Pressure sensitive safety mats provide another alternative for guarding the equipment entrance. They also may be installed to protect the inside of a cell. A matrix of interconnected mats can be laid at the entry area and an operator’s footstep causes the mat control unit to send a stop signal to the machine. Trim is used around the perimeter of the mat to hold it in place, protect wiring and provide a ramped surface to prevent tripping hazards.

Safeguarding devices, such as presence sensing devices, that do not prevent an individual from reaching into a hazardous area must be located far enough away from the hazardous area that the machine will stop before the operator’s hand or other body part can reach the hazard. The minimum safe distance is based on the stopping time of the machine as well as the reaction time of the safeguarding device and the estimated approach speed of the individual towards the hazard.

A formula is included in ANSI standards B11.19-2010 and Robotic Industries Association (RIA) R15.06-1999 (R2009), as well as CSA Z142-10, Z432-04 and Z434-03. This newer formula that takes several factors into consideration when calculating the minimum safe distance. I suggest using this newer formula in the form used by ANSI and CSA:

DS = K (T) + DPF
DS = the safety distance
K = the maximum speed that an individual can approach the hazard
T = the total time to stop the hazardous motion
DPF = the depth penetration factor of the safeguarding device

Depth Penetration Factor

The depth penetration factor (DPF) must be added to the safety distance when using devices that do not detect the presence of an individual at the plane or within the field until an amount of penetration into the field occurs. The expected direction of approach towards the hazard should be considered when calculating the depth penetration factor. If the detection zone is at an angle of greater than 30 degrees to the direction of approach as in Figure 4, it is treated as a perpendicular approach. If the detection zone has been installed so that it is angled less than 30 degrees to the direction of approach, it is treated as a parallel approach.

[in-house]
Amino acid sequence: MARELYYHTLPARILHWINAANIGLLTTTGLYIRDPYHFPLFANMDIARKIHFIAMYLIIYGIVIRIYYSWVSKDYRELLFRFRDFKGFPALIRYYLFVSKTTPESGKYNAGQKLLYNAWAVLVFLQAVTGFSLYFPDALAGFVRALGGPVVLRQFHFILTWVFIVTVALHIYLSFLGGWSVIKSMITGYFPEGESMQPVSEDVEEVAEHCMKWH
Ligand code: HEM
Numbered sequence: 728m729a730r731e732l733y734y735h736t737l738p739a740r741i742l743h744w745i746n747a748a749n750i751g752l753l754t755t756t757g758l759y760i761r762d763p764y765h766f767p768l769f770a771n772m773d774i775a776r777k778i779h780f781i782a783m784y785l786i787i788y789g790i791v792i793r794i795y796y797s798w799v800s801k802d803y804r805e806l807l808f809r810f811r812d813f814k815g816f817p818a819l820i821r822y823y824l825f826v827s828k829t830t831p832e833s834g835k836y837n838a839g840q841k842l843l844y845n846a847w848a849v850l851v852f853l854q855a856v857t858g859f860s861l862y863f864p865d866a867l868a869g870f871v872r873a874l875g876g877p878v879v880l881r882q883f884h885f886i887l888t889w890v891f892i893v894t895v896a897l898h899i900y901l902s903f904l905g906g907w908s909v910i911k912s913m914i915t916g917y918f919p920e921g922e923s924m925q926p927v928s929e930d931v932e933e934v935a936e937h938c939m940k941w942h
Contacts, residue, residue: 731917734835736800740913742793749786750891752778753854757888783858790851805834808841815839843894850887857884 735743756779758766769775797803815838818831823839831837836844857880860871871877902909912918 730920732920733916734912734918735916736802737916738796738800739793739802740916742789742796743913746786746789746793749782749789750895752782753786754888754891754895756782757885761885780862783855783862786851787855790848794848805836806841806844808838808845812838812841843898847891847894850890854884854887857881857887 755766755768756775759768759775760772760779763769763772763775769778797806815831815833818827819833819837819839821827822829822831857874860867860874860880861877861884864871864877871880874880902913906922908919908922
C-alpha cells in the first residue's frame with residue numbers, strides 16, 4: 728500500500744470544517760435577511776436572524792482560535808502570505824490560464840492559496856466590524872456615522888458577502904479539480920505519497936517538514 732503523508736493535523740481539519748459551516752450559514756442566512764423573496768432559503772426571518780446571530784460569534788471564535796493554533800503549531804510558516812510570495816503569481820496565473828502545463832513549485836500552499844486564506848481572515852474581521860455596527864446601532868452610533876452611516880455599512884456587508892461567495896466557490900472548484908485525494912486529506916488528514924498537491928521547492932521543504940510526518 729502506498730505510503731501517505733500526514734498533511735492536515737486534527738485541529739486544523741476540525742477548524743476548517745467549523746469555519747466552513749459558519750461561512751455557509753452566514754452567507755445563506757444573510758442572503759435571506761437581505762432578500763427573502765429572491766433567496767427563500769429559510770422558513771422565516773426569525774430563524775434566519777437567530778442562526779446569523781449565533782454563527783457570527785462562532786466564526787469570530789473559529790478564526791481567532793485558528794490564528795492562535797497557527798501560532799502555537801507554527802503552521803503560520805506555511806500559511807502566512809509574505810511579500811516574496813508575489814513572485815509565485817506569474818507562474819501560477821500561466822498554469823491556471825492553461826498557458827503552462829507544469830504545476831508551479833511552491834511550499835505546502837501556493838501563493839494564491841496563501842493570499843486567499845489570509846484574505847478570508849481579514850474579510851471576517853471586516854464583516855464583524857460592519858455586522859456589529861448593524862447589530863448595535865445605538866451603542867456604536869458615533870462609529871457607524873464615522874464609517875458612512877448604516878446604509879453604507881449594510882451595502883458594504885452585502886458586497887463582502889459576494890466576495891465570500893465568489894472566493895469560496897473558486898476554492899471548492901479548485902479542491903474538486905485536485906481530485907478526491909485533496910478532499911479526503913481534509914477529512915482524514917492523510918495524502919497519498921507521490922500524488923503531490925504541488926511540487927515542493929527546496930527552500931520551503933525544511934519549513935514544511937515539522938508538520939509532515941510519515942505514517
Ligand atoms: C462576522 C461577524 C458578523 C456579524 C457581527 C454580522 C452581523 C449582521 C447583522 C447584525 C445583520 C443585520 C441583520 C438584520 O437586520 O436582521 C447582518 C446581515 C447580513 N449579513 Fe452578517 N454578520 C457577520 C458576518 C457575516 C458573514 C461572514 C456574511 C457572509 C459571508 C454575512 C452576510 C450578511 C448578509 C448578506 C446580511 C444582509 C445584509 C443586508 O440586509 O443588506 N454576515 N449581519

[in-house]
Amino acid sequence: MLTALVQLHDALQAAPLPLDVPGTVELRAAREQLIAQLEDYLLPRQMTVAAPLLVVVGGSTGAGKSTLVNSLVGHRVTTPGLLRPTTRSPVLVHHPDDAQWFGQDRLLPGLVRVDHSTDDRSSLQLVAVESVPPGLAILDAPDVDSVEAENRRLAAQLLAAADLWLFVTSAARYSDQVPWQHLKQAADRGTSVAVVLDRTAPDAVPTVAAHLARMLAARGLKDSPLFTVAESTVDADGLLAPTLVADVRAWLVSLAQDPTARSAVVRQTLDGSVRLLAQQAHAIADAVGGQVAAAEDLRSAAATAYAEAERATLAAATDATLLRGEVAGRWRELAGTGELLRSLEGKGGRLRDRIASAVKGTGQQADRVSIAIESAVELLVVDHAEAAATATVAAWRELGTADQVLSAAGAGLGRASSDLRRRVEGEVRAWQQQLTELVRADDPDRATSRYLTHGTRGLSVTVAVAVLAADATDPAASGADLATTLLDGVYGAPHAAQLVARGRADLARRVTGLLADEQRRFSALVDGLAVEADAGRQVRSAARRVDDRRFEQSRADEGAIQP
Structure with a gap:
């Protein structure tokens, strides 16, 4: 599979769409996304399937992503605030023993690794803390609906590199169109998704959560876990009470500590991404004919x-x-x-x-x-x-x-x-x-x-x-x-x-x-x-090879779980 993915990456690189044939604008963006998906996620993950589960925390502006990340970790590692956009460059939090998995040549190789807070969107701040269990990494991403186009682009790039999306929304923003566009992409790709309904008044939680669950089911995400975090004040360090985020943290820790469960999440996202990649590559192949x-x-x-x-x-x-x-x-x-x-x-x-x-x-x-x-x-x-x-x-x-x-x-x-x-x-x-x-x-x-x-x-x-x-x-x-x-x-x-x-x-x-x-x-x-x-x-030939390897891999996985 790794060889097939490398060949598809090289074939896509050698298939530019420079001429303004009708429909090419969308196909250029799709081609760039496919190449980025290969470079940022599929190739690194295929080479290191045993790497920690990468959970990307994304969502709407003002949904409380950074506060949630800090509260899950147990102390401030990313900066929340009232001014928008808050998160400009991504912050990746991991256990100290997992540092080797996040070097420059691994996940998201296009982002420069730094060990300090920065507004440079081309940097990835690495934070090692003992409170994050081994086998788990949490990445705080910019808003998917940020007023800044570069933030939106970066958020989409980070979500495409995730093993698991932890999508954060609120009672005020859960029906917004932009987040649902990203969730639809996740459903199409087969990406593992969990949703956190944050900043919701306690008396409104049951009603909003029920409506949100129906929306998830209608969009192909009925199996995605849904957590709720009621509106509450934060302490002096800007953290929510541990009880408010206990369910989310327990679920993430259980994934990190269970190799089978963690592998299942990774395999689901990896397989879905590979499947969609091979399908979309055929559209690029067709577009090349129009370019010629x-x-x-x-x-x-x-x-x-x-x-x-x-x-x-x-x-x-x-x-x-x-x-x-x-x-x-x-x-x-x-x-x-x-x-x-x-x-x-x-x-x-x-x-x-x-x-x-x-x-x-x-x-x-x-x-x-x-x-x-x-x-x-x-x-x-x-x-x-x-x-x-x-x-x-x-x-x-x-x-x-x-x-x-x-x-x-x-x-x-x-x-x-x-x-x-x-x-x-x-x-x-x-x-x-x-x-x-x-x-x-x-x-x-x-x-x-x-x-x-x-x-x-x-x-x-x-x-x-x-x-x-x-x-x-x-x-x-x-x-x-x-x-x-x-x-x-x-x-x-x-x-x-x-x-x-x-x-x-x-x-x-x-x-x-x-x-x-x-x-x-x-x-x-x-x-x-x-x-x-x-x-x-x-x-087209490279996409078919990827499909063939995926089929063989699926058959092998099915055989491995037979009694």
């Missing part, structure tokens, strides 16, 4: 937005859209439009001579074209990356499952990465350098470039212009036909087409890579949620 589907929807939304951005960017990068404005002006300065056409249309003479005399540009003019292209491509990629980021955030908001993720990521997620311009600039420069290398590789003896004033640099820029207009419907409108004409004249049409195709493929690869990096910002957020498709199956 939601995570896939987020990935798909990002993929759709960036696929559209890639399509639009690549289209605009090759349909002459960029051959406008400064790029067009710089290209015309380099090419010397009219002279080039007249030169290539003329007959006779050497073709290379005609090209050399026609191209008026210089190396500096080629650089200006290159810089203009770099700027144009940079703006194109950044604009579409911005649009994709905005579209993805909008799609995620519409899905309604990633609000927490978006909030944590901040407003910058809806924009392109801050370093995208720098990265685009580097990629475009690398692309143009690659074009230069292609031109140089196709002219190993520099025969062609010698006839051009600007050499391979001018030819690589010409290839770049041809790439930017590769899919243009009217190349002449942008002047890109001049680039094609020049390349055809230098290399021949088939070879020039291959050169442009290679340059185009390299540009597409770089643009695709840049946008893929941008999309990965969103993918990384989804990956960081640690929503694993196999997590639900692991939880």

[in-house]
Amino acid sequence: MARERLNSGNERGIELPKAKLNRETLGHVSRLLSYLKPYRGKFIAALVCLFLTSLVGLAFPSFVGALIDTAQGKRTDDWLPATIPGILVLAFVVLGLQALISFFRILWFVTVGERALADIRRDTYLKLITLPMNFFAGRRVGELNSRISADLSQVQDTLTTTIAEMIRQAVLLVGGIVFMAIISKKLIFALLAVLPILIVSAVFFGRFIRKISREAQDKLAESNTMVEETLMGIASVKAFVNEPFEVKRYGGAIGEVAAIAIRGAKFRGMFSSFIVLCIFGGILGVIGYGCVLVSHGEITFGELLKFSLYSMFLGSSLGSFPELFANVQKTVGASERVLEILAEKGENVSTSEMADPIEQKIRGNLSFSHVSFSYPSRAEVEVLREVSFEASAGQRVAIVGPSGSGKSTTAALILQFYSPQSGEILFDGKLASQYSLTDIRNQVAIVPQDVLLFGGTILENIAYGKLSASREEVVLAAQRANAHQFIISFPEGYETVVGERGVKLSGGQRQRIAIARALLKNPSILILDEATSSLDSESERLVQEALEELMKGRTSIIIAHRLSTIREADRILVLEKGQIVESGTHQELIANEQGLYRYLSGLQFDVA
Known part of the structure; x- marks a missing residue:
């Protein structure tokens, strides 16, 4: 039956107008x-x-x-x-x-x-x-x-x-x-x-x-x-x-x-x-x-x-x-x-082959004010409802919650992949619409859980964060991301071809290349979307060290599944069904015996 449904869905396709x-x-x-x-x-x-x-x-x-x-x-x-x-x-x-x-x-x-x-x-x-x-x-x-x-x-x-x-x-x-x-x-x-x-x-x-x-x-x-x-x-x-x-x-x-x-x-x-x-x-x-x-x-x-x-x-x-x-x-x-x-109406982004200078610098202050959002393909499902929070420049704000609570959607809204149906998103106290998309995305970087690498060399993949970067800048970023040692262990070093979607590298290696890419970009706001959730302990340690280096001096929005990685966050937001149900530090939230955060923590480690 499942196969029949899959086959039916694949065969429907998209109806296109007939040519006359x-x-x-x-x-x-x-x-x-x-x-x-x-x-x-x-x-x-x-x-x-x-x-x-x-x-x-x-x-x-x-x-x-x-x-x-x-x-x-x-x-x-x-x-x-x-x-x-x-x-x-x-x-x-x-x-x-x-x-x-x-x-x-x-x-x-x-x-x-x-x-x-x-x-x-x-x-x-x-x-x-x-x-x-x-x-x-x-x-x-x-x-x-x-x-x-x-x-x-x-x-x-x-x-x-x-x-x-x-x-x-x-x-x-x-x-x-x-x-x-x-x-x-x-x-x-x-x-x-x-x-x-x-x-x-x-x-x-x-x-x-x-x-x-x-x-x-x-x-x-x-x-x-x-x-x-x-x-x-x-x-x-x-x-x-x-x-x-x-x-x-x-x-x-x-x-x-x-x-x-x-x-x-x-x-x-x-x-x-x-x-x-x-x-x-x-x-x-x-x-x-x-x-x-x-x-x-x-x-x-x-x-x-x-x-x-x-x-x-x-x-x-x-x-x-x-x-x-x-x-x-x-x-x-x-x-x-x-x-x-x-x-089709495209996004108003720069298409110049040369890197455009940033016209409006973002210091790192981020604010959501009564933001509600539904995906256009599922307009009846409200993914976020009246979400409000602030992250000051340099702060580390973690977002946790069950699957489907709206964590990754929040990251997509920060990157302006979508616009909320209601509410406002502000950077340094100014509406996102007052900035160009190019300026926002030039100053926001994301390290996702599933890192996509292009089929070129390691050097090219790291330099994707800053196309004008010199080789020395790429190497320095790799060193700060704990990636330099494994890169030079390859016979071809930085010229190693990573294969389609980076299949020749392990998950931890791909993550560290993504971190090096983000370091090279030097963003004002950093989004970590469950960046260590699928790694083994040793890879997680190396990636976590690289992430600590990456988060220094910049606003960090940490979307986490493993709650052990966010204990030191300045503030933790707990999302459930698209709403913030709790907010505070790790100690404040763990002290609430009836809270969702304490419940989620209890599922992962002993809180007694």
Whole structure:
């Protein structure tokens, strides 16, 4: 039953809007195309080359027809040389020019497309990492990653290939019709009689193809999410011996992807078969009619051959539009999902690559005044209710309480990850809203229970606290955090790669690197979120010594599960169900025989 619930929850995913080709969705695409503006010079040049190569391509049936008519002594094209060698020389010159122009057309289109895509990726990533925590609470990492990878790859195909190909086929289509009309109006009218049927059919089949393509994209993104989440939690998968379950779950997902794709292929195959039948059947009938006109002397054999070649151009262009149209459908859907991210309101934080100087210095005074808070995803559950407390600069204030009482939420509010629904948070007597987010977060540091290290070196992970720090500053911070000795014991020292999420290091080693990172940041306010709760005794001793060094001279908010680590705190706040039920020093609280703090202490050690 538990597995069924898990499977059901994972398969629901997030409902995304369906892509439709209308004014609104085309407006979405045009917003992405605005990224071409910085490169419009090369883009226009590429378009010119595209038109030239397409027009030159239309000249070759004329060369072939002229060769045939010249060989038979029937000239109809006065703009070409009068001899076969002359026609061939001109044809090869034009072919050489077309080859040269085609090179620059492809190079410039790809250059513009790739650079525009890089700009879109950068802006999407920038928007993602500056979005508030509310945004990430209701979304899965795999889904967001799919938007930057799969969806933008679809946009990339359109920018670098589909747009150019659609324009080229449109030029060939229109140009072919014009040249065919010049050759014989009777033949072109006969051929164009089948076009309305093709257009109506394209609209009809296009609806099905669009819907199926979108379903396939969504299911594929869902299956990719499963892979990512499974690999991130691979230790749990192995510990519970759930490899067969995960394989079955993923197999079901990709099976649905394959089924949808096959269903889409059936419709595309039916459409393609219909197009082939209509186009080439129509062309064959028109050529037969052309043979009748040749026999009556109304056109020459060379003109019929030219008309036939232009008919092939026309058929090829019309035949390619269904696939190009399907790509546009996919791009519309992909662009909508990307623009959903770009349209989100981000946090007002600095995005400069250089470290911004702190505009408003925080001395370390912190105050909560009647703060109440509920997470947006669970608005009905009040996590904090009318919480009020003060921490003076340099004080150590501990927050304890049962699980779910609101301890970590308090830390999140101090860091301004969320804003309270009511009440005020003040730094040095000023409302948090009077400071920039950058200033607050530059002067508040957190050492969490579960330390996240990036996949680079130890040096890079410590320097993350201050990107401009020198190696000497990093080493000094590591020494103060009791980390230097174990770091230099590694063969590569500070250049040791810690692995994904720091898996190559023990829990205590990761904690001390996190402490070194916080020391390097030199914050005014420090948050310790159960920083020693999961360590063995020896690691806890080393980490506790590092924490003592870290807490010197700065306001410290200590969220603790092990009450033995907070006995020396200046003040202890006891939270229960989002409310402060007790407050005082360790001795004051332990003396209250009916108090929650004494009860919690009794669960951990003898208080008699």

Figure 4 - Approach Considerations

The depth penetration factor compensates for varying object sensitivities of electro-optical presence sensing devices.

Accurate calculation of the minimum safe mounting distance for many safeguarding devices can ensure the safety of personnel while conserving floor space and maximizing throughput. In manufacturing operations, the two most important considerations are safety and productivity. Proper calculation of the required safety distance is necessary to select appropriate safeguarding measures and optimize both productivity and safety.

Space limitations make it impossible to address every possible situation or to fully explain every configuration option, so it’s important to consult your vendor and the appropriate safety standards on how to optimize safety device implementation for your specific application.

Chris Soranno is the safety compliance manager for the Machine Services Division of Omron Automation and Safety. Soranno has been with Omron Automation and Safety for 10 years and has extensive experience performing onsite machine safeguarding assessments, training customers on safety and standards and actively participating on more than a dozen various domestic and international consensus safety standards. He can be reached via e-mail at [email protected]